Over the years, numerous systems have been developed to provide automatic vehicle control to provide hands-free and feet-free driving of automobiles. These systems automate either steering control (referred to as lateral control), throttle and/or brake control (longitudinal control), or all of the above (complete vehicle automatic control, also referred to as an Automated Highway System or AHS).

Longitudinal control typically relies on some form of forward-looking sensor, e.g. radar, to provide collision warning and/or distance to preceding vehicles, and takes the form of either adaptive cruise control or platooning, wherein vehicles are formed into electronically coupled groups, similar to a train, but without the mechanical coupling. Lateral control relies on a variety of sensors to determine the vehicle's lateral offset from the lane centerline, and usually an estimate of upcoming roadway geometry, e.g. curvature.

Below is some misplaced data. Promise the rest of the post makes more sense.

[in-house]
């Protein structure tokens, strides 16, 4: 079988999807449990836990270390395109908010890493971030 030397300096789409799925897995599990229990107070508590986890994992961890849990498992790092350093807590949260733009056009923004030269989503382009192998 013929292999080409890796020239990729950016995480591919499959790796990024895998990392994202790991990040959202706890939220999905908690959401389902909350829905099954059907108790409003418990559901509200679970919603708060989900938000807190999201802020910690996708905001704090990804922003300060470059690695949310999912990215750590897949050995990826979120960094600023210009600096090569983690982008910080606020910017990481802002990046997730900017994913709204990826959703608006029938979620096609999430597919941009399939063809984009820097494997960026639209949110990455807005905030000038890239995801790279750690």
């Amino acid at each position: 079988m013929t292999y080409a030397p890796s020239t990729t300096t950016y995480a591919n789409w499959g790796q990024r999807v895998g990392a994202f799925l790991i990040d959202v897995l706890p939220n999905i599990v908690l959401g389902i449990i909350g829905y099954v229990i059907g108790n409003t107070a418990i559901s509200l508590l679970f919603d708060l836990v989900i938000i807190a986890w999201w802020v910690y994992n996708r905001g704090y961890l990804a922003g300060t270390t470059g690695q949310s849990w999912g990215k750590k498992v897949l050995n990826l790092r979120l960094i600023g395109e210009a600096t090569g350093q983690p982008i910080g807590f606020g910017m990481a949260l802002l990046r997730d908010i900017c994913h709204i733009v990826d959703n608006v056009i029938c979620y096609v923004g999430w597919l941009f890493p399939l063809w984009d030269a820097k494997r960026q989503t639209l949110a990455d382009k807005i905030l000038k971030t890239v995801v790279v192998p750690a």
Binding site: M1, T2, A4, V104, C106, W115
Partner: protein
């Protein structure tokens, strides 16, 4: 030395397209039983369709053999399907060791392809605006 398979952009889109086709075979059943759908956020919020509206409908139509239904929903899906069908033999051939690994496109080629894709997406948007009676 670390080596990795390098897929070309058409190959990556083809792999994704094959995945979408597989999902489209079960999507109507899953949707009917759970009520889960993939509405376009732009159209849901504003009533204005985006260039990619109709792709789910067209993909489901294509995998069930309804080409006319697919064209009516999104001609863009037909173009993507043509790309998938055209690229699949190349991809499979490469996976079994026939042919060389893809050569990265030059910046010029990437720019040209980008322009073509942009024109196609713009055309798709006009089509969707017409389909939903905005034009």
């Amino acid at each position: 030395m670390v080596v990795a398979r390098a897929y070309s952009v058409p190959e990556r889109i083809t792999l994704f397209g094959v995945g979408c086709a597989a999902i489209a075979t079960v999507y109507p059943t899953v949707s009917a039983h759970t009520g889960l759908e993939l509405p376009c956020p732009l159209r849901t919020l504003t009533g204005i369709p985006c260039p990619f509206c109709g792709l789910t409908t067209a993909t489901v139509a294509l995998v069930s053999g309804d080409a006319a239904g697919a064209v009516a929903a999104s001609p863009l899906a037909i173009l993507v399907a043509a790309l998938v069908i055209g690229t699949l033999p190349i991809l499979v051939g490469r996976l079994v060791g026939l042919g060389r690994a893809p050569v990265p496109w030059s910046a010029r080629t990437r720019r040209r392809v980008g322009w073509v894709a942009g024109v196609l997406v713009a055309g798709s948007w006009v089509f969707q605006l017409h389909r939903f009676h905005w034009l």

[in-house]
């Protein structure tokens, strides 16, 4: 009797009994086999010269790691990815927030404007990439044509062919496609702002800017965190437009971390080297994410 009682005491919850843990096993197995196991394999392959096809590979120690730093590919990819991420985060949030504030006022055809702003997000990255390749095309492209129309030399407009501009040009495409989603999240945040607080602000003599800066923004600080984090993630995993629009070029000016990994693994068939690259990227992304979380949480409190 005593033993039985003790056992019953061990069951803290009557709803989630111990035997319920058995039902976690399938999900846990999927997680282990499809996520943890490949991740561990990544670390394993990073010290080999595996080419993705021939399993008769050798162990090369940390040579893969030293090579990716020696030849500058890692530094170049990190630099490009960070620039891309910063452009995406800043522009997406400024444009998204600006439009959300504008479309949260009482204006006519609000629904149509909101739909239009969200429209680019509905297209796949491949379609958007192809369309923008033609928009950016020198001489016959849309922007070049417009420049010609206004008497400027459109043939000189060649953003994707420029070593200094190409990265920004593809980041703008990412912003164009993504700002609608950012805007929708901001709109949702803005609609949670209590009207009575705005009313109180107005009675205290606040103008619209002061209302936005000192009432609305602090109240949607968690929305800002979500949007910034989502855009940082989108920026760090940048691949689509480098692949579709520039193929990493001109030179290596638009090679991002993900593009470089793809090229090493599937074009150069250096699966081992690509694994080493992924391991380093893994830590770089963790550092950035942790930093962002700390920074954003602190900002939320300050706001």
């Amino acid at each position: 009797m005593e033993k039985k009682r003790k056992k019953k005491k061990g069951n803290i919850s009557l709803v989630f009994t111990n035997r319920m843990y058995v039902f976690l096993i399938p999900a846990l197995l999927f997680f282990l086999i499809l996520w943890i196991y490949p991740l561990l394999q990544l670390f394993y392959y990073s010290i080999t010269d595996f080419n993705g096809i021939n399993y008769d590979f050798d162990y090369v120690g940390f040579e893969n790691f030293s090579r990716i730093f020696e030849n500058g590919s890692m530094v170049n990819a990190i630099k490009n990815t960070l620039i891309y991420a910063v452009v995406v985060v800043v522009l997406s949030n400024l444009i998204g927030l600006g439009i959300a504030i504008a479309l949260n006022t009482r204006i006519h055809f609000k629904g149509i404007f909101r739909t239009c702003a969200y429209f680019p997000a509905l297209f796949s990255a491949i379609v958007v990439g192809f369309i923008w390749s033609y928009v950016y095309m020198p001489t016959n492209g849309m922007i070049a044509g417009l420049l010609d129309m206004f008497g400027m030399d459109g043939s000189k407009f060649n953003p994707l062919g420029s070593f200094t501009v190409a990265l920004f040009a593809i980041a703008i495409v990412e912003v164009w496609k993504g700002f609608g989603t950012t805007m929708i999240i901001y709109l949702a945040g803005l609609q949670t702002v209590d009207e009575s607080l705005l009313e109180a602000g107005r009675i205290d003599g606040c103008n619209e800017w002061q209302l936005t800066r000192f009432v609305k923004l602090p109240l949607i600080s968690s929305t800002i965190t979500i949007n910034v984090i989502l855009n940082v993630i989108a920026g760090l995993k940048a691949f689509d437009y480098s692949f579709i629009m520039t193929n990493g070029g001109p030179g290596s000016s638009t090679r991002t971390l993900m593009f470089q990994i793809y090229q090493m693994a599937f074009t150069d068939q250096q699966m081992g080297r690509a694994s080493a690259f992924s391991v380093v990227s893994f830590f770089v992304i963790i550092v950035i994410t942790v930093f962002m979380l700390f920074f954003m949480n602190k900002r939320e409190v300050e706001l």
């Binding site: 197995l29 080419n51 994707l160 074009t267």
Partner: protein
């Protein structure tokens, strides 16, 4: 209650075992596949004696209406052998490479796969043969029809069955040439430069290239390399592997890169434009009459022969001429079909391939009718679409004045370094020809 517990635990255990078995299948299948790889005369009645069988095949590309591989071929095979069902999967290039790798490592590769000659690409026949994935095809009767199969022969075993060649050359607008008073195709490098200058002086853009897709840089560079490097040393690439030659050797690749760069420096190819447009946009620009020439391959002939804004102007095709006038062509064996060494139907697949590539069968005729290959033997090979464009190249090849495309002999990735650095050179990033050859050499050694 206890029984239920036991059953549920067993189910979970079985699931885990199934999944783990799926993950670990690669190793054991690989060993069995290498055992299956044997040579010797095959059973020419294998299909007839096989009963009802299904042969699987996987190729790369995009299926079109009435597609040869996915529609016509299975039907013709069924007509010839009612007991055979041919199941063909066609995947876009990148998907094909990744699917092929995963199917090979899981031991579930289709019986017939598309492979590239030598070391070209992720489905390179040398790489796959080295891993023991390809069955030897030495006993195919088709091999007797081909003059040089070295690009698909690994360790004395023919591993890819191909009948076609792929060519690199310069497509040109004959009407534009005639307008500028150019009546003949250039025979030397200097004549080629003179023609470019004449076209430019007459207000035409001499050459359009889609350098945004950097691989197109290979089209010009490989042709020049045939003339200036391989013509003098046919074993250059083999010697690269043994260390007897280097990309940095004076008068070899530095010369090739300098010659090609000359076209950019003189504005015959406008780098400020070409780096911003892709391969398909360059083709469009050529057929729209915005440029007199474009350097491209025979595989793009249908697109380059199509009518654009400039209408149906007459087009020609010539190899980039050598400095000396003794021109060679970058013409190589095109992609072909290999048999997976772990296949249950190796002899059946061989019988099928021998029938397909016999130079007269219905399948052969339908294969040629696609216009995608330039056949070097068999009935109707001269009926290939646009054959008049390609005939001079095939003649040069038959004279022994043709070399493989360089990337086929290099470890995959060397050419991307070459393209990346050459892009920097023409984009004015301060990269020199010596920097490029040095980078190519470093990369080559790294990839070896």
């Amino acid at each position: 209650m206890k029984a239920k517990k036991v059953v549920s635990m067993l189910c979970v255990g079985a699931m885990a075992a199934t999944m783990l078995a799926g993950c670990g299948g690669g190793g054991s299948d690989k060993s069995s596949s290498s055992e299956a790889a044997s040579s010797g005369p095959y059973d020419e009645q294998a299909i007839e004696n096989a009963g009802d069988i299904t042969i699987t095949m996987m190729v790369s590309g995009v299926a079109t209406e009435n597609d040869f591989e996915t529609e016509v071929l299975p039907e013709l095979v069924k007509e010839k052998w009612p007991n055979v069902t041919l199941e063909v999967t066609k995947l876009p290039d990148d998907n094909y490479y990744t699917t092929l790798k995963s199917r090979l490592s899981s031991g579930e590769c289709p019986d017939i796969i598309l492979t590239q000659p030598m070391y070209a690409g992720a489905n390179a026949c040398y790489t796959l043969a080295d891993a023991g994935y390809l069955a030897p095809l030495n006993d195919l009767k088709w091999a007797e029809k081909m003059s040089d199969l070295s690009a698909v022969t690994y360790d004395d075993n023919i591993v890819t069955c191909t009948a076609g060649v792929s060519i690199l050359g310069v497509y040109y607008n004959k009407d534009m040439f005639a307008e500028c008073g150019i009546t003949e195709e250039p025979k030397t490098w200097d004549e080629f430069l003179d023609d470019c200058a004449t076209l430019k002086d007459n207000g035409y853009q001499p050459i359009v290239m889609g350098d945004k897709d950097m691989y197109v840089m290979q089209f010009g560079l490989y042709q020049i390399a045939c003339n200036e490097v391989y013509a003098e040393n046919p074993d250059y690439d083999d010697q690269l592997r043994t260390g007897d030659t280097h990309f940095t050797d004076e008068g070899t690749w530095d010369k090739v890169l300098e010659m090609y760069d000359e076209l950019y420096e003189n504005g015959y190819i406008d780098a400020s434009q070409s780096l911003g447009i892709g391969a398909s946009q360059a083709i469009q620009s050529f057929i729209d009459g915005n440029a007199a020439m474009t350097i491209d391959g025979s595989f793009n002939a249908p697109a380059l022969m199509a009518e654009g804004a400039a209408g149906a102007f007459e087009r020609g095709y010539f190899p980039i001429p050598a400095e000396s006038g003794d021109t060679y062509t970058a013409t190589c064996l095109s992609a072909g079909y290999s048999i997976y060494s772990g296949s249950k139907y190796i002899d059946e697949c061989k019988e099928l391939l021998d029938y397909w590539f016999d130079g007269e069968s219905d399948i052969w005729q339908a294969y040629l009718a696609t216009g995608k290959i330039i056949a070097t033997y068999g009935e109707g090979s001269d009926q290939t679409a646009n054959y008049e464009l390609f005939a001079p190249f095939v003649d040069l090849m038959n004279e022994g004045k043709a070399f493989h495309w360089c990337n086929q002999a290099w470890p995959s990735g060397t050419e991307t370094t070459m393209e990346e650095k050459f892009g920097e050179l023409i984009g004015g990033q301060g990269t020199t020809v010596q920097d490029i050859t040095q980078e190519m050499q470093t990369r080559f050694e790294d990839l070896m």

Sensors for lateral control can be based infrastructure-based or infrastructure-independent. Examples of infrastructure-based systems include systems based on detection of embedded infrastructure, such as discrete magnetic reference markers or continuous magnetic tape. Infrastructure-independent methods include vision-based sensing and Global Positioning System (GPS) sensing; however, these systems rely on infrastructure in the sense of reliable roadway markings in the former case, and a reliable and accurate roadway Geographical Information System (GIS) database in the latter.